Tech companies blame price rises on Brexit vote

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Dell said the Brexit vote had caused it to charge higher prices for its computers

US computer-maker Dell and the Chinese smartphone company OnePlus are both raising their prices in the UK and saying the move is the result of the nation’s vote to leave the EU.

Another company, used by several camera equipment-makers to bring their goods to the UK, has also revealed it will soon follow suit.

Intro 2020 said it had been “punched in the stomach very hard” by sterling’s drop after the Brexit referendum.

Experts predict further price rises.

The pound hit a fresh 31-year low against the dollar earlier on Wednesday – it has dropped more than 12% since the eve of the Brexit referendum result.

Falls against some Asian currencies have been even larger.

Component costs

Dell declined to give examples of specific product price changes, but the Register reported that the company had already implemented a blanket 10% increase in the costs it charged UK retailers.

The PC-maker did, however, tell the BBC it had delayed the move as long as possible.

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Computer component makers price their products in dollars

“In line with the rest of the industry, our component costs are priced in US dollars, and unfortunately, the recent strengthening of the US dollar versus sterling and other currencies in the EMEA [Europe, Middle East and Africa] region, following the UK’s decision to leave the European Union, will have a direct impact on the price we sell to our UK customers and partners,” a spokeswoman said.

“We understand that this is an uncertain time for many British businesses, and we will continue to work closely with our customers and partners to provide great value products and services.”

OnePlus said it would sell its latest handset, the OnePlus 3, for £329 from 11 July in order to protect its “extremely thin margins”.

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OnePlus 3

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Customers have been given advance warning that the new OnePlus phone will rise in price

That marks a 6.5% rise on its current price of £309.

“While we’ve held off action for as long as we can, the sharp drop witnessed in the currency markets following the Brexit decision has forced us to re-evaluate the OnePlus 3’s pricing in the UK,” the company said on its website.

“Accessories will not be affected.”

Intro 2020 plans to raise its prices by 10-12%.

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A variety of equipment imported by Intro 2020 will become more expensive in the UK

The company is the official UK importer for several camera-related products including:

  • Tamron, Tokina and Samyang’s lenses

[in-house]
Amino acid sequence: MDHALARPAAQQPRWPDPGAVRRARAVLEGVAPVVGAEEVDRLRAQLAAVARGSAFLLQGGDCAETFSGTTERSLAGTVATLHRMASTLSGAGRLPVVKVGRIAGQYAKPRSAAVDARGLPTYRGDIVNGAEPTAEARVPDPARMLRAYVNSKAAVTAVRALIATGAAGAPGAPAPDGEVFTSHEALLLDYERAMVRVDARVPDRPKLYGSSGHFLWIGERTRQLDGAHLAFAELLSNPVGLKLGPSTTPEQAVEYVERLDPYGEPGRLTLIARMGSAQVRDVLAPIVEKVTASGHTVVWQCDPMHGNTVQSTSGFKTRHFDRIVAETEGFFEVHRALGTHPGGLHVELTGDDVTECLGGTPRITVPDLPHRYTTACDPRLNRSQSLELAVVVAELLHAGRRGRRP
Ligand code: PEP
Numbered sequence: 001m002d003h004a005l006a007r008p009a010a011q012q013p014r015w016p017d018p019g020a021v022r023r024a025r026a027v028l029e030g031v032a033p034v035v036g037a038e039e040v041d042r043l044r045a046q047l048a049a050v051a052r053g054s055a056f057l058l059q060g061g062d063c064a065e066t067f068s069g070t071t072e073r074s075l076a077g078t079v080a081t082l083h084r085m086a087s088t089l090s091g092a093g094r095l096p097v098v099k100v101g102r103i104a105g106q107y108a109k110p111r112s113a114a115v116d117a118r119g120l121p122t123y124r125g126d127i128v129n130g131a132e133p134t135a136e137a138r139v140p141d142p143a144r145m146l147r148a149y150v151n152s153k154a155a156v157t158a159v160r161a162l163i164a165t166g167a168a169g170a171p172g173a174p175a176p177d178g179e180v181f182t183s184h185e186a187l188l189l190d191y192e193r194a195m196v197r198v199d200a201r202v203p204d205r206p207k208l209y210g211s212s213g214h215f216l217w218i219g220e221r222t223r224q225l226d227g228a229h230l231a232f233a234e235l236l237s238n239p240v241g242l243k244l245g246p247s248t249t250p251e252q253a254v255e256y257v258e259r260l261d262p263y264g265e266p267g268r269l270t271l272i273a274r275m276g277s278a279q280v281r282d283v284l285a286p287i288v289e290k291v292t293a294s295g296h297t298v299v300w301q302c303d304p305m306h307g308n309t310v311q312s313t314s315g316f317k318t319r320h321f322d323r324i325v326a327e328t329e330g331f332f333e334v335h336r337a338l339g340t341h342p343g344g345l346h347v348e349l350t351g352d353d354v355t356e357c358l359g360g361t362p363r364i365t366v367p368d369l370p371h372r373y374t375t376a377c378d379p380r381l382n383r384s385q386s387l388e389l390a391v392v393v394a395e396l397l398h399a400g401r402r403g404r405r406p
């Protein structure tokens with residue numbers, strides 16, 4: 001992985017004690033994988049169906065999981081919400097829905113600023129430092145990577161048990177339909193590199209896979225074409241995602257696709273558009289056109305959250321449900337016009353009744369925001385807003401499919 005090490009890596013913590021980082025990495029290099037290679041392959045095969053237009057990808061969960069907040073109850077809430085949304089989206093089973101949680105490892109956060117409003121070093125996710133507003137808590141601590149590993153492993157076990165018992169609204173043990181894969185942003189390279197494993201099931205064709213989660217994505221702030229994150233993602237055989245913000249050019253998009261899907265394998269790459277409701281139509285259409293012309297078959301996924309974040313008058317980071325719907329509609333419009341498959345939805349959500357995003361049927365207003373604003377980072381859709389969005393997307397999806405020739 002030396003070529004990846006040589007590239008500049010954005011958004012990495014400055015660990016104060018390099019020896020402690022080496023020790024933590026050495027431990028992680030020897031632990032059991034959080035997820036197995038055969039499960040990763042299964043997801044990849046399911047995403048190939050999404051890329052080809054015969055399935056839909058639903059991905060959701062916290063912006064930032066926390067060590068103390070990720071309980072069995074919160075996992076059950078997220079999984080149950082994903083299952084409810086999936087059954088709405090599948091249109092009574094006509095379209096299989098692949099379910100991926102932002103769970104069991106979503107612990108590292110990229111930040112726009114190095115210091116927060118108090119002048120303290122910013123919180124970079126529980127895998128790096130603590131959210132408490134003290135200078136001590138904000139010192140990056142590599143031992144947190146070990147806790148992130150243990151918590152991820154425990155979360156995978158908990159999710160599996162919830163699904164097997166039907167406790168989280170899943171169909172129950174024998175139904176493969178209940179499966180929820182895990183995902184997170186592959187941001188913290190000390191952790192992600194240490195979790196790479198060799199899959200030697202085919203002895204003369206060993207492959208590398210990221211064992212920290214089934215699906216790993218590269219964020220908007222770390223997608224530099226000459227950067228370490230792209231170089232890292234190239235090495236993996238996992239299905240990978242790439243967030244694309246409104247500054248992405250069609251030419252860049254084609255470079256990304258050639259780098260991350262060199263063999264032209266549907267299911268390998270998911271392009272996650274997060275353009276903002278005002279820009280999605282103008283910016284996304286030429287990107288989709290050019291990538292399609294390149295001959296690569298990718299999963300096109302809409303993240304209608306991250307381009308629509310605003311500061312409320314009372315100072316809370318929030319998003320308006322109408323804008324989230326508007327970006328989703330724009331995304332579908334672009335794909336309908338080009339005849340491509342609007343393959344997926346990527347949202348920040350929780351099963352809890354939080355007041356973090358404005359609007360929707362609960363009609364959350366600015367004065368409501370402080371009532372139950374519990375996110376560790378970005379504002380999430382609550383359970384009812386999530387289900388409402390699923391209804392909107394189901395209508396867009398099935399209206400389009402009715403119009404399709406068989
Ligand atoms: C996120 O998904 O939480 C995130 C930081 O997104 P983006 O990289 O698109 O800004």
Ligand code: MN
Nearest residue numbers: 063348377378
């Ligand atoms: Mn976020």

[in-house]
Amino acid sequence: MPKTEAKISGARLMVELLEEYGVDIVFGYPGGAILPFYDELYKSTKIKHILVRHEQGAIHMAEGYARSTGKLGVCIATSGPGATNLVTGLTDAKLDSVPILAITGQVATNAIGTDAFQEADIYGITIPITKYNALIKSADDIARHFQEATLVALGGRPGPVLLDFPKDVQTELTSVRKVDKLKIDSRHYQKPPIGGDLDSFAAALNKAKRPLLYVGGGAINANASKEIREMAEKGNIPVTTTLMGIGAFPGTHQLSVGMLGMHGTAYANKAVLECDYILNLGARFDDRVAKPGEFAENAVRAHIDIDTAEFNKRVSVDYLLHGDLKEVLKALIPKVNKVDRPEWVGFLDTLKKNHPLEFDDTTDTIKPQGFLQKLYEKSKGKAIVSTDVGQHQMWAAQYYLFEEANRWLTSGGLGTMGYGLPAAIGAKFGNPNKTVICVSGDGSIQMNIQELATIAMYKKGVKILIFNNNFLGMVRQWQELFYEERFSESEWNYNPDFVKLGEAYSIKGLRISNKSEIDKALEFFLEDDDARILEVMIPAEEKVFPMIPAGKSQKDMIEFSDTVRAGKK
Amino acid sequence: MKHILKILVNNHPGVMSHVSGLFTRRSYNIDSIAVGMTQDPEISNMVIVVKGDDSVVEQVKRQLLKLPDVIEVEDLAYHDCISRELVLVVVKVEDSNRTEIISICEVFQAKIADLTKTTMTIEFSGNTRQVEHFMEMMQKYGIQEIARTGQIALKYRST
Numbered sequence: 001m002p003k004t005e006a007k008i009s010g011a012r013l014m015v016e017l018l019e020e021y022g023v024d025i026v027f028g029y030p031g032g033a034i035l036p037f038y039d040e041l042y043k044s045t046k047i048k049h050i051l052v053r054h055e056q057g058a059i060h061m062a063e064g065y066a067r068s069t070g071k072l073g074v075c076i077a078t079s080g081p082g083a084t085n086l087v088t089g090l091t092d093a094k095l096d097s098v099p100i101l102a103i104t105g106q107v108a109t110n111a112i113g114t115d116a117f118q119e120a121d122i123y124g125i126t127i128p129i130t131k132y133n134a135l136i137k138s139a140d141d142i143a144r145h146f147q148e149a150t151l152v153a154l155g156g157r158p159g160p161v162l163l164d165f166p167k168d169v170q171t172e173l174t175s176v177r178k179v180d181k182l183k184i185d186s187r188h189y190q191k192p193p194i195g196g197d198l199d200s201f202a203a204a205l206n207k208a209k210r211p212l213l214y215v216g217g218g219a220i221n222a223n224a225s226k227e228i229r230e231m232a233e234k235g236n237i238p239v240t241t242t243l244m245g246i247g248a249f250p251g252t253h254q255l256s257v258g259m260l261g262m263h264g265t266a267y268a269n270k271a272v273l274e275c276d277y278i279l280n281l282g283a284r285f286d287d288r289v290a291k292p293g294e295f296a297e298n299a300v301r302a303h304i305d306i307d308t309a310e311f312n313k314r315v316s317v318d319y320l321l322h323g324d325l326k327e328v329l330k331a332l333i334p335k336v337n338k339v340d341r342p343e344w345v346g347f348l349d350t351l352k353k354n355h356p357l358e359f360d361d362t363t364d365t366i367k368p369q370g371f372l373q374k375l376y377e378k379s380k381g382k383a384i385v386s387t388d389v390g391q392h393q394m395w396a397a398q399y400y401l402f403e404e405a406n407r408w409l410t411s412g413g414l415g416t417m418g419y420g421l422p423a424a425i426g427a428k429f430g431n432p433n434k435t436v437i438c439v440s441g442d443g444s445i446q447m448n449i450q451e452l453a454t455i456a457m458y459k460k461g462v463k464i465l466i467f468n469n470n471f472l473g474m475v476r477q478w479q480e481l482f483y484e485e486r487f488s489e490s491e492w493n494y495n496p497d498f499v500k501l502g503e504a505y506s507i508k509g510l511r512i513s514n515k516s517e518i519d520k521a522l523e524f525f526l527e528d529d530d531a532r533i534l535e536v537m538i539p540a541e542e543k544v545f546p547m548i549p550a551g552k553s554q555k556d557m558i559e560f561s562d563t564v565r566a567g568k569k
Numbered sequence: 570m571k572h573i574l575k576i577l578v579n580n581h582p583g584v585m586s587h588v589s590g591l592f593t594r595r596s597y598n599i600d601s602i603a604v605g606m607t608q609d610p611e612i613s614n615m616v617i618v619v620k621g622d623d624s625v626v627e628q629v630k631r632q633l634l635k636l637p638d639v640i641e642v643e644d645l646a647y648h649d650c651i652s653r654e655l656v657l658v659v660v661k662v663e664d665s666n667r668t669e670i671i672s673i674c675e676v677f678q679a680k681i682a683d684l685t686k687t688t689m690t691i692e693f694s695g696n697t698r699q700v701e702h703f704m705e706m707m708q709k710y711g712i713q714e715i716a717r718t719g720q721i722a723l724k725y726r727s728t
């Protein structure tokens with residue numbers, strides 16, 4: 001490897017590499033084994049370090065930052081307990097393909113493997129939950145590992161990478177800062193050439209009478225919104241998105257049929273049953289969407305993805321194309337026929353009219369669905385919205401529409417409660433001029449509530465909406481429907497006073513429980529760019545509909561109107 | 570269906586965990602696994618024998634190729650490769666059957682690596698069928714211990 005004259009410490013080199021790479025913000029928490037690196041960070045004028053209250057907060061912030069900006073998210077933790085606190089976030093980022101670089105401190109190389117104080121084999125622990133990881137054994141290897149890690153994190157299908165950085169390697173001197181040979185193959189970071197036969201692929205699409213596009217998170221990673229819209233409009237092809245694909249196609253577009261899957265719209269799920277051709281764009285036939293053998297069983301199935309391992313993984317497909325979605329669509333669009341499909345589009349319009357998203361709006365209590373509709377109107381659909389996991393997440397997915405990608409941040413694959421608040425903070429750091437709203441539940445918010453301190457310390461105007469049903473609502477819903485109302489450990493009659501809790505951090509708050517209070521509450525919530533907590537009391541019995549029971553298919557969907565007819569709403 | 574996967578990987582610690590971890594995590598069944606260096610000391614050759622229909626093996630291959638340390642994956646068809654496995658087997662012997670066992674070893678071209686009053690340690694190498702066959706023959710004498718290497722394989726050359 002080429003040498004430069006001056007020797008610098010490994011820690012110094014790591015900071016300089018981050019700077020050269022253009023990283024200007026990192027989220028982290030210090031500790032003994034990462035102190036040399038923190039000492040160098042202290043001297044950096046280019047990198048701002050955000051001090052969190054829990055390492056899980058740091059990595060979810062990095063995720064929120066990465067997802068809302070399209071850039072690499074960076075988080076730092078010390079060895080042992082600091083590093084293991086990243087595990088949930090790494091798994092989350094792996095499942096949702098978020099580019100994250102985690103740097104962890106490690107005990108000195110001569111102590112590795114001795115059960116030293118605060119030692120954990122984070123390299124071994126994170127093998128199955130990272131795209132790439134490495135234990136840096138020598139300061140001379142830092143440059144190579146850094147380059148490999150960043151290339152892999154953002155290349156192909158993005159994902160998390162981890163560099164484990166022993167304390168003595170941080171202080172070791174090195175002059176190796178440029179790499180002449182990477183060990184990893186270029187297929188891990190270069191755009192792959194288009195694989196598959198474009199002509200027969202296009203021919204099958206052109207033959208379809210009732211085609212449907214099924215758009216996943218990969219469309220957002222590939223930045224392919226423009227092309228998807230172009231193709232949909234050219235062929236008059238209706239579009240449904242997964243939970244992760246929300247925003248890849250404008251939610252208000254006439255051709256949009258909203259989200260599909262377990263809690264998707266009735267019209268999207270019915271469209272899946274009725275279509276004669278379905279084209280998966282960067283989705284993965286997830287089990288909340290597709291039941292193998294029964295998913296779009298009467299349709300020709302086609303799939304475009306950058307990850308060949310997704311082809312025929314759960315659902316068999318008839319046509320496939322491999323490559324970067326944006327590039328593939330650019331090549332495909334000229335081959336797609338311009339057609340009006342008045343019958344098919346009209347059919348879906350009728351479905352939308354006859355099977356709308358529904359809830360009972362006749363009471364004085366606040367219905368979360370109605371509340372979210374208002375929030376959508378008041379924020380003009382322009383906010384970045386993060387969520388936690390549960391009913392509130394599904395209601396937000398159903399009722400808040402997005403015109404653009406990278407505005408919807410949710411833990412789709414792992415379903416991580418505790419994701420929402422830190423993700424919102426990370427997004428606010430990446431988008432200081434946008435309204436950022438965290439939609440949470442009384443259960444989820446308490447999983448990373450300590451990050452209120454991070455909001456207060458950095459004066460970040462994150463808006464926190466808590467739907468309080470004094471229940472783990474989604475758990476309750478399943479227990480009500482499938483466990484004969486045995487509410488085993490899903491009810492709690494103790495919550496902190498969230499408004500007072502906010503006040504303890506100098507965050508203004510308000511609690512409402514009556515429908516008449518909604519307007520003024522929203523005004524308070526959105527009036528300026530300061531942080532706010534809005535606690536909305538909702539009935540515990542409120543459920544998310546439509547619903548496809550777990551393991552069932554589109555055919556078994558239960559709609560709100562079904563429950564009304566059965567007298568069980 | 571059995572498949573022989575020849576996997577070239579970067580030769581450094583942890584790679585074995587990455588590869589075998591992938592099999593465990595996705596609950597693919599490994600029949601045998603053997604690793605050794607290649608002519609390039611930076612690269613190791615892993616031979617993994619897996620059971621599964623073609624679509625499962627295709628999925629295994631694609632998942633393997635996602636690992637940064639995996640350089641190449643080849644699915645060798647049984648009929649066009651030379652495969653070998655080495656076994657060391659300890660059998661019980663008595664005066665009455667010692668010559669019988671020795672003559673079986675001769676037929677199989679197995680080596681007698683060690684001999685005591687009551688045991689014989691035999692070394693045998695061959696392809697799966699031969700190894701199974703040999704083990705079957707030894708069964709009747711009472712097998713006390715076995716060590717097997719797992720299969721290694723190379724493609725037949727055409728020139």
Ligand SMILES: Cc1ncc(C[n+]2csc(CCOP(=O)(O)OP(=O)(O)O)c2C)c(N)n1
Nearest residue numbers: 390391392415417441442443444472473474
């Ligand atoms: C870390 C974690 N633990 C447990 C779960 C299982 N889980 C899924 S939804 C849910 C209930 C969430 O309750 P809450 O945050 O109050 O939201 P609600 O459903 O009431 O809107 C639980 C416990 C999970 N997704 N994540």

• Hoya and Kenko’s filters
  • Velbon’s tripods
  • Sunpak’s flashguns
  • Tamrac’s gadget bags

“For virtually everything we handle, there will be price increases from 1 August,” the company’s general manager, Jim Mackay, told the BBC.

“The currency situation is precarious for us at the moment – my feeling is that it’s going to be six to nine months before we get some stabilisation.

“It’s painful. We expect our turnover will fall as a result.”

The UK division of lens-maker Sigma has also indicated it will soon act likewise. All its products are made in Aizu, Japan.

“We build in a small buffer, which prevents the necessity of constantly changing our prices with every minor fluctuation of exchange rate, but the dramatic fall in the value of sterling as a result of [the] vote to leave the EU is far too great to be absorbed in this way,” said Graham Armitage, general manager of Sigma Imaging UK.

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Sigma has suggested it will soon charge retailers more for its camera kit

“Our customers, who are predominantly High Street retailers, are buying more [stock].

“Whether that is to be in a position to maintain current street prices for longer or to increase their profit is anybody’s guess.”

The retail consultancy Verdict believes further tech price rises will follow.

“These will come sooner rather than later for those who have not hedged currency far in advance or for whom there is little flexibility in operational costs to mitigate currency fluctuations,” said Andrew Hall.

“Retailers cannot be fully expected to absorb the costs incurred by currency volatility in the wake of Brexit.

“As such, price rises are likely to impact a number of products.

“For some markets, such as clothing and footwear, this will see a return to inflation after a period of deflation.”

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